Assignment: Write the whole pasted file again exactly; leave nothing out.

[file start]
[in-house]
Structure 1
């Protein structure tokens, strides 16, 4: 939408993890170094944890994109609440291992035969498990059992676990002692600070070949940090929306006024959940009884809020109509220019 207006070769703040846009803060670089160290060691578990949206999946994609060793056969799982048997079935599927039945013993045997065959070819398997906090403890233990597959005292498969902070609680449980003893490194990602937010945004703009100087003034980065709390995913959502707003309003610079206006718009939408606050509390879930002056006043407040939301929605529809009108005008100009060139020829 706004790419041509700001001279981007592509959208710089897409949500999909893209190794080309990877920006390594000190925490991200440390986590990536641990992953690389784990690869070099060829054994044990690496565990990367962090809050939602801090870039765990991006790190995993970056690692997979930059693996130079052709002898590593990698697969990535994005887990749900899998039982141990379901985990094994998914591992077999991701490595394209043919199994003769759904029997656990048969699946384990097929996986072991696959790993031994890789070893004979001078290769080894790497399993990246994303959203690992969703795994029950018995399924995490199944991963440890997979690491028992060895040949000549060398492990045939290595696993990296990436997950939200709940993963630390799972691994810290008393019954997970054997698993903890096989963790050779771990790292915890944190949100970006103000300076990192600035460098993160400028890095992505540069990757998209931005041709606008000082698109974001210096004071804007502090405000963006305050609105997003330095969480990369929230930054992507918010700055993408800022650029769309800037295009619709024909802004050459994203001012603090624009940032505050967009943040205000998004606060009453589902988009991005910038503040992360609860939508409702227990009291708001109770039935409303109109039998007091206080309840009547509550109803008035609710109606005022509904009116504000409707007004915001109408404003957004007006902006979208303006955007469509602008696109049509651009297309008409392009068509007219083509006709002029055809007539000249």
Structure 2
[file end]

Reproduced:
[in-house]
Structure 1
């Protein structure tokens, strides 16, 4: 939408993890170094944890994109609440291992035969498990059992676990002692600070070949940090929306006024959940009884809020109509220019 207006070769703040846009803060670089160290060691578990949206999946994609060793056969799982048997079935599927039945013993045997065959070819398997906090403890233990597959005292498969902070609680449980003893490194990602937010945004703009100087003034980065709390995913959502707003309003610079206006718009939408606050509390879930002056006043407040939301929605529809009108005008100009060139020829 706004790419041509700001001279981007592509959208710089897409949500999909893209190794080309990877920006390594000190925490991200440390986590990536641990992953690389784990690869070099060829054994044990690496565990990367962090809050939602801090870039765990991006790190995993970056690692997979930059693996130079052709002898590593990698697969990535994005887990749900899998039982141990379901985990094994998914591992077999991701490595394209043919199994003769759904029997656990048969699946384990097929996986072991696959790993031994890789070893004979001078290769080894790497399993990246994303959203690992969703795994029950018995399924995490199944991963440890997979690491028992060895040949000549060398492990045939290595696993990296990436997950939200709940993963630390799972691994810290008393019954997970054997698993903890096989963790050779771990790292915890944190949100970006103000300076990192600035460098993160400028890095992505540069990757998209931005041709606008000082698109974001210096004071804007502090405000963006305050609105997003330095969480990369929230930054992507918010700055993408800022650029769309800037295009619709024909802004050459994203001012603090624009940032505050967009943040205000998004606060009453589902988009991005910038503040992360609860939508409702227990009291708001109770039935409303109109039998007091206080309840009547509550109803008035609710109606005022509904009116504000409707007004915001109408404003957004007006902006979208303006955007469509602008696109049509651009297309008409392009068509007219083509006709002029055809007539000249």
Structure 2